Then make everything dynamic and put it in the scale of open-world video games. Not happening any time soon.

    • Jimmy says:

      Give it another five years and we can offsite the computation to a server farm and connect through broadband (in locations with advanced broadband infrastructure like S. Korea). Running that level of quality at home is probably less efficient energy-wise and the hardware prohibitively expensive).

    • Derppy says:

      @Jimmy

      But the computation farm would have to be very close to you, at least if you plan on playing any games where you have direct control of the camera. Playing FPS games with even minor input lag is pretty awkward and even if we get 1GB/s connections, latency is still involved.

      Works perfect for games where the response to your actions doesn’t need to be instant (e.g. something like Heroes of Might & Magic). Cursor could be handled client-side and rendered area could be slightly larger than you screen, so it could be streamed in as you scroll the map.

      Besides, how would a business model that offers such huge amount of computational power to players work? Renting a computation farm to run your game would be extremely expensive.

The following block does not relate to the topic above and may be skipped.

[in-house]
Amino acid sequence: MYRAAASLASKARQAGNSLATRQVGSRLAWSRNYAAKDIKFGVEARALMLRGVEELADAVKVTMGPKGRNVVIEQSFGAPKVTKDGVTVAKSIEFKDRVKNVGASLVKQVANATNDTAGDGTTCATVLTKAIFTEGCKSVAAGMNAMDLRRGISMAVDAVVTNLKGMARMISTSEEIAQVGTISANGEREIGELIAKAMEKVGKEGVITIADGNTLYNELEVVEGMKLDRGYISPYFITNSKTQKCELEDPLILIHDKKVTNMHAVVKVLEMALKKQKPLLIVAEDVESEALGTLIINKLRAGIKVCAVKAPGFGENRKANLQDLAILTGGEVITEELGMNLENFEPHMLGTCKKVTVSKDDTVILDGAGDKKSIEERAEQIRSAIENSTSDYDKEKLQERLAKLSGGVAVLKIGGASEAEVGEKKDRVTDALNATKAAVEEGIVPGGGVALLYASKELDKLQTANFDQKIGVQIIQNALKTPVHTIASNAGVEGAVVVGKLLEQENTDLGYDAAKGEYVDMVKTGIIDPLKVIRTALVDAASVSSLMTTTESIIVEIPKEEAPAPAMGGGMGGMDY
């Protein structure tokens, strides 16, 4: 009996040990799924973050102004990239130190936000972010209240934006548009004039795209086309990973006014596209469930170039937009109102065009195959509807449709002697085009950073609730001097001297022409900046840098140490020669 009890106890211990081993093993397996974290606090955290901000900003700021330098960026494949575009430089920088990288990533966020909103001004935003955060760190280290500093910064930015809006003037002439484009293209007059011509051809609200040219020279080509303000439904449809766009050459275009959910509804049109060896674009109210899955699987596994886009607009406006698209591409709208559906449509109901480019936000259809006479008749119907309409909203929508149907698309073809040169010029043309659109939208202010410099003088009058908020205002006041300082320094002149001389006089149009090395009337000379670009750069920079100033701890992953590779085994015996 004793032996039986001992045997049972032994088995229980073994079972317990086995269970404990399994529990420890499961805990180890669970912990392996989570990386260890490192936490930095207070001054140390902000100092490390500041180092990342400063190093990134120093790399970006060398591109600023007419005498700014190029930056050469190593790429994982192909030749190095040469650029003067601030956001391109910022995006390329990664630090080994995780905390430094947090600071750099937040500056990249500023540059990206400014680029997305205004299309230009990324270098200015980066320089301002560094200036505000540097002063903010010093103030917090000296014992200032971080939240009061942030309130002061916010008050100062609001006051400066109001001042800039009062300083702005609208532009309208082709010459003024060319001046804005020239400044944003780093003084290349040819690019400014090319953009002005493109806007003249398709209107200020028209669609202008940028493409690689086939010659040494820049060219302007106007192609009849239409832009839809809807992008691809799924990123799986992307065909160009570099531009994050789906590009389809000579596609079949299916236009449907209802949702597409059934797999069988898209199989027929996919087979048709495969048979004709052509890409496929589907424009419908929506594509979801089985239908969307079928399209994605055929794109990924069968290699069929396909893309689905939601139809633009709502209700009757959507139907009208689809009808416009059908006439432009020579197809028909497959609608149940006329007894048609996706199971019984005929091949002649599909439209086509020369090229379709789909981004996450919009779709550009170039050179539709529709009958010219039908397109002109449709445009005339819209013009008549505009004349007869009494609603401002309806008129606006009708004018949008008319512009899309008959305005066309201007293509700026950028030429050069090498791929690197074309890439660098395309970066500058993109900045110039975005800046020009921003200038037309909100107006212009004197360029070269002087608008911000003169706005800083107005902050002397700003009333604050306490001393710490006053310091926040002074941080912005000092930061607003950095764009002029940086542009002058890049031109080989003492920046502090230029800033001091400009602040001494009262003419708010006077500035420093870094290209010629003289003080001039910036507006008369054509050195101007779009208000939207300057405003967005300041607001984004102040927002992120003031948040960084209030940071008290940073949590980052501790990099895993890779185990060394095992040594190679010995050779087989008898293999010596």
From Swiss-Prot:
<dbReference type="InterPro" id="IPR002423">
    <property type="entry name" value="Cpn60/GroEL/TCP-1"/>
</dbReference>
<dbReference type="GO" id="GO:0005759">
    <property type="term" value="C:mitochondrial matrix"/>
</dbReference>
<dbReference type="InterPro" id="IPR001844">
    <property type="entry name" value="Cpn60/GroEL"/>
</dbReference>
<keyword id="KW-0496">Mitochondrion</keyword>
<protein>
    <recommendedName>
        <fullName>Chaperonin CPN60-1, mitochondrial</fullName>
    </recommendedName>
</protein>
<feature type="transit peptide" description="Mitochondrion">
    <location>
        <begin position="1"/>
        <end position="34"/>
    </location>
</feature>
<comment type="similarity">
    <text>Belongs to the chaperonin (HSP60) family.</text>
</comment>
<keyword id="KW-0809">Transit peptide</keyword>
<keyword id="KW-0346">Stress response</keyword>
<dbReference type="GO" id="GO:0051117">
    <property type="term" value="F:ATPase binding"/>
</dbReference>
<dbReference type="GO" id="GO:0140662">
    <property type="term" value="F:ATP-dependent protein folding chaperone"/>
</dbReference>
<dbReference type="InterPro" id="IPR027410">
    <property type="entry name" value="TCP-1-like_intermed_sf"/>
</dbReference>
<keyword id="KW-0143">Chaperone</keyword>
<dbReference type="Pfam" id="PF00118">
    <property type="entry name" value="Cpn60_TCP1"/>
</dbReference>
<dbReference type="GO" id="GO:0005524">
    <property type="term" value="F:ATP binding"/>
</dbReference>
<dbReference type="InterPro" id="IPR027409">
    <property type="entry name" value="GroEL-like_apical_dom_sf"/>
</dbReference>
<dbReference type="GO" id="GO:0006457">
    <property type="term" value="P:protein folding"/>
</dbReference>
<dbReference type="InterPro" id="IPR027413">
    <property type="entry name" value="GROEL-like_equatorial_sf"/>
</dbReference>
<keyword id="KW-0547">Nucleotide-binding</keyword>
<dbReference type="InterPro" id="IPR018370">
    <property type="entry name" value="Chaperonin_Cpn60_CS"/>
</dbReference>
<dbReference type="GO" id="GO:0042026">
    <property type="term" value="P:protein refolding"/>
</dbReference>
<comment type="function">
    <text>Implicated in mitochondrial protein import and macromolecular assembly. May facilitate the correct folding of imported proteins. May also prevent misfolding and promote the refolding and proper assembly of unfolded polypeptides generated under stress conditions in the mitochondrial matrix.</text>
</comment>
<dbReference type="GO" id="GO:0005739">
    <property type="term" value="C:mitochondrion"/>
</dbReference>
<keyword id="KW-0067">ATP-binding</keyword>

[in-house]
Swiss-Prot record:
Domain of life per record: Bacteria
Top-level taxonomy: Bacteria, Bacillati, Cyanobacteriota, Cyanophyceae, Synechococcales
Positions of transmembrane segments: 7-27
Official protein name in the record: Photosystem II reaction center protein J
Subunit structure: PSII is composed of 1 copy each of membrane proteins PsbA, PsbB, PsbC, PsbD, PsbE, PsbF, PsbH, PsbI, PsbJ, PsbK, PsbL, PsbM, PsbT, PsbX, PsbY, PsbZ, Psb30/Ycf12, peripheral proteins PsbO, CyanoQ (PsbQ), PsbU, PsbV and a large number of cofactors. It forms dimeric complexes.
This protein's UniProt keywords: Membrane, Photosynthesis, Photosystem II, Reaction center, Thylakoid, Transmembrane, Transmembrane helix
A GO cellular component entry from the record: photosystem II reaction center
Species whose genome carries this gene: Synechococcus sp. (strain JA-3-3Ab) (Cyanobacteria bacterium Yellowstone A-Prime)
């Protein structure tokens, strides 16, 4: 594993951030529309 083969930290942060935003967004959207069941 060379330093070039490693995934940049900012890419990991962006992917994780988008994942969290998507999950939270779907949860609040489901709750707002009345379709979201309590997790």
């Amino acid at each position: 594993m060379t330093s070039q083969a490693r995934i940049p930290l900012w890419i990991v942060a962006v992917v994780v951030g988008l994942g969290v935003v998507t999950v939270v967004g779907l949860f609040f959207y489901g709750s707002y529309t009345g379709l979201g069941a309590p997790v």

I bet the progression in game graphics is slowing down and keeps slowing down until there’s some breakthrough in technology that allows us to get rid of many hardware limitations. Doesn’t quantum processing have potential for like 10 000 increase in computation speeds?

      All this is of course just my speculation based on pretty much nothing :)

  30. Aspongeinmauve says:

    I like Final Fantasy…

  31. The Colonel says:

    http://www.youtube.com/watch?feature=player_embedded&v=Xrb8PSpkhkQ#!

    If DX11 can do this shit then it’s a great great pity that we’re unlikely to get any proper DX11 games for years. When is the XBOX 460 due out?

  32. buzzmong says:

    I reckon that’s all a big troll, and it’s just a shakey cam video with some post processing.

  33. Navagon says:

    I’ll reserve judgement for when I see it doing something actually interesting. Let’s see how it handles characters, environmental destruction and expansive areas. Then I’ll be interested.

  34. TheTourist314 says:

    Anyone notice that this setting is precisely chosen for it’s extraordinarily low Poly-count? Any lower and it’d be “My First Half-Life Map” in Hammer.

  35. magnus says:

    ‘(spit)’ indeed, I’m with you there.

  36. Lev Astov says:

    That’s really promising, but do mirrors work?

    That one in the screenshots doesn’t appear to, and none of their recent games had any real reflections, as I recall. What’s wrong, Square Enix? Got a bunch of vampires working for you?

  37. deadly.by.design says:

    Wake me up when we see player models. I’m skeptical about them not breaking the illusion of photo realism.

  38. Hoaxfish says: